Children who have a dog in their home are less likely to have anxiety, according to a new study published Nov. 25 in the journal Preventing Chronic Disease.
The study measured the health of 643 children, between the ages of 4 and 10, during an 18-month period through a pediatric primary care facility. Before their appointments, the childrens' parents answered a number of questions to evaluate mental and physical health through a web-based health risk screener called DartScreen. Fifty-eight percent of the children in the study had a pet dog at home.
The researchers found that only 12 percent of children with a dog at home had a high score for anxiety compared to the 21 percent of children without dogs who showed a high score. Also, the average score for anxiety was lower overall with kids who had a dog at home.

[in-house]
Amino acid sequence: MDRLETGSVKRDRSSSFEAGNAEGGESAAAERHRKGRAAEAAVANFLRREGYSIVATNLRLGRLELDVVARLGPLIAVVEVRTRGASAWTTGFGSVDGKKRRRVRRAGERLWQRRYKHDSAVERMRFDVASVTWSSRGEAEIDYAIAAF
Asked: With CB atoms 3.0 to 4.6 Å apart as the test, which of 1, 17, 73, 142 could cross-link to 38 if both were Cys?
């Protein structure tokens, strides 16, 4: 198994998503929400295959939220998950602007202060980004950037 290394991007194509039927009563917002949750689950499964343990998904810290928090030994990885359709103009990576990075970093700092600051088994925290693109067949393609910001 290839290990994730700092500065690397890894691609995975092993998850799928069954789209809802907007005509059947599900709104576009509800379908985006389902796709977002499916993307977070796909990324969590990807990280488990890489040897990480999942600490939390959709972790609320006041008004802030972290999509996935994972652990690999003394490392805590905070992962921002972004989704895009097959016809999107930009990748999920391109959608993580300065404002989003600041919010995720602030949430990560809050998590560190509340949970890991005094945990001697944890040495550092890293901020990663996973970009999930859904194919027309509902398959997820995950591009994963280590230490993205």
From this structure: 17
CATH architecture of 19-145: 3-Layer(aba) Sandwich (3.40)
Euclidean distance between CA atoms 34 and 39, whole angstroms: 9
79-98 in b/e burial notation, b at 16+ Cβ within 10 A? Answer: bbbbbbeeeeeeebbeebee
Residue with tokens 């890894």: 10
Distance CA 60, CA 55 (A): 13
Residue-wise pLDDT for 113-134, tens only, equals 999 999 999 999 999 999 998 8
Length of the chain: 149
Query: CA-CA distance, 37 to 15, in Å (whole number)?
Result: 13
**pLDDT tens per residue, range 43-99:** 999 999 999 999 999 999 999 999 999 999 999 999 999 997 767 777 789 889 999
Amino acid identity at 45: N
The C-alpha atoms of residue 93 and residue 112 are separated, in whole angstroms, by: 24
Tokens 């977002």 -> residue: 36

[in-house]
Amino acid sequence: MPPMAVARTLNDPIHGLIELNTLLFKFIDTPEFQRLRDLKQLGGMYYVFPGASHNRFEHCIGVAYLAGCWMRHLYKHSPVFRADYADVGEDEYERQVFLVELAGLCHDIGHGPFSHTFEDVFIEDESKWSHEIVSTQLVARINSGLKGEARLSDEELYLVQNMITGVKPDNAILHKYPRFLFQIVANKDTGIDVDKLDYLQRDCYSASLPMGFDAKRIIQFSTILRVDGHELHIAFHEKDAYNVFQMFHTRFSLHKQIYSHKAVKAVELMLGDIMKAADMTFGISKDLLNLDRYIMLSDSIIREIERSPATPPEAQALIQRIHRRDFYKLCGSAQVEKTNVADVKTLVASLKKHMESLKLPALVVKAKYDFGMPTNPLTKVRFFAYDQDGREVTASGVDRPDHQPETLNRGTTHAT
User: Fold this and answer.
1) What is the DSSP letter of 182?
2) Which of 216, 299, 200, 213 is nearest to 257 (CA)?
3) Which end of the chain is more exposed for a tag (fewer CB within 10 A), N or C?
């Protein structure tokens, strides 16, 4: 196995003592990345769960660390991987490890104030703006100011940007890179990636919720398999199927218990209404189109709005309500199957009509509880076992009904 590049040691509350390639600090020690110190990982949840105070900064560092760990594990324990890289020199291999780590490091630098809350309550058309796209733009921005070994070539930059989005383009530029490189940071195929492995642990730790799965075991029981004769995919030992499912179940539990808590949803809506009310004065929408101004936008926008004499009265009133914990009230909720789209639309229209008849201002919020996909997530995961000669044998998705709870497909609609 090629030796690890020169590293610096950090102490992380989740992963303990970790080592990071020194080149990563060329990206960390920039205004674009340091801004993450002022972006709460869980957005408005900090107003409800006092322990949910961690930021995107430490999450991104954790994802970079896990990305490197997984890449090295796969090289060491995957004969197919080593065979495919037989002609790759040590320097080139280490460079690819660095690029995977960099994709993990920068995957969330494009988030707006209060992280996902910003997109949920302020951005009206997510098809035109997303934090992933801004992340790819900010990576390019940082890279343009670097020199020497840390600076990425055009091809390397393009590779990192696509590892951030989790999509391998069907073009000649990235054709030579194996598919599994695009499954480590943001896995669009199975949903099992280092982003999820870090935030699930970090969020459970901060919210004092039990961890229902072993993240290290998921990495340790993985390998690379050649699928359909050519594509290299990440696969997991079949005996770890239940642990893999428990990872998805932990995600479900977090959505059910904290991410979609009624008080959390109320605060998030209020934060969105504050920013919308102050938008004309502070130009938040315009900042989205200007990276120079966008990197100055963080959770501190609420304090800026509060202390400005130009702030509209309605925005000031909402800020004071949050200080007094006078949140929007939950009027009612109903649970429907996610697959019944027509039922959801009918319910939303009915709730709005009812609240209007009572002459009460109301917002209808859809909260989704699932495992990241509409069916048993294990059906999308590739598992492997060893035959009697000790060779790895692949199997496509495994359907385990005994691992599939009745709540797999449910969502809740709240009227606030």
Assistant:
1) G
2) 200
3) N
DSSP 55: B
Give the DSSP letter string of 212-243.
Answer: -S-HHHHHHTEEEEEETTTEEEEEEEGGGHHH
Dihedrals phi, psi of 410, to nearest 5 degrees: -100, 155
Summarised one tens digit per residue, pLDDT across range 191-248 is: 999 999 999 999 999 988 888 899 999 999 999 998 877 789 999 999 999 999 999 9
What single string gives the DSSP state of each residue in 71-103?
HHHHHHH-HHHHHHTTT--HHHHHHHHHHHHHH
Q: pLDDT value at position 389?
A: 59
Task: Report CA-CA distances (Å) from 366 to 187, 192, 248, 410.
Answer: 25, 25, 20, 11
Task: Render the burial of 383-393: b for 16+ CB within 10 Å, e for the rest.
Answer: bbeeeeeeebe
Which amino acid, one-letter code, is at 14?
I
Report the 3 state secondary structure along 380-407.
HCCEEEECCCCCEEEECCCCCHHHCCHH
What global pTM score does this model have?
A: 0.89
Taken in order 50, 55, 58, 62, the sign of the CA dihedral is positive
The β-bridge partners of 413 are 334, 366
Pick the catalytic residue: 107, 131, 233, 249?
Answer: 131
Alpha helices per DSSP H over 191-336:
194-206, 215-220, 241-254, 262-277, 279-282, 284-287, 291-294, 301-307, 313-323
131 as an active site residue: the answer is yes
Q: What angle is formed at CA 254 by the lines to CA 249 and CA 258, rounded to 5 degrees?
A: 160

This new finding just adds on to the growing list of ways that dogs can help humans. Another recent study shows that children with dogs have a lower risk of developing asthma and it's well known that dogs can help humans release oxytocin, the "feel-good" hormone.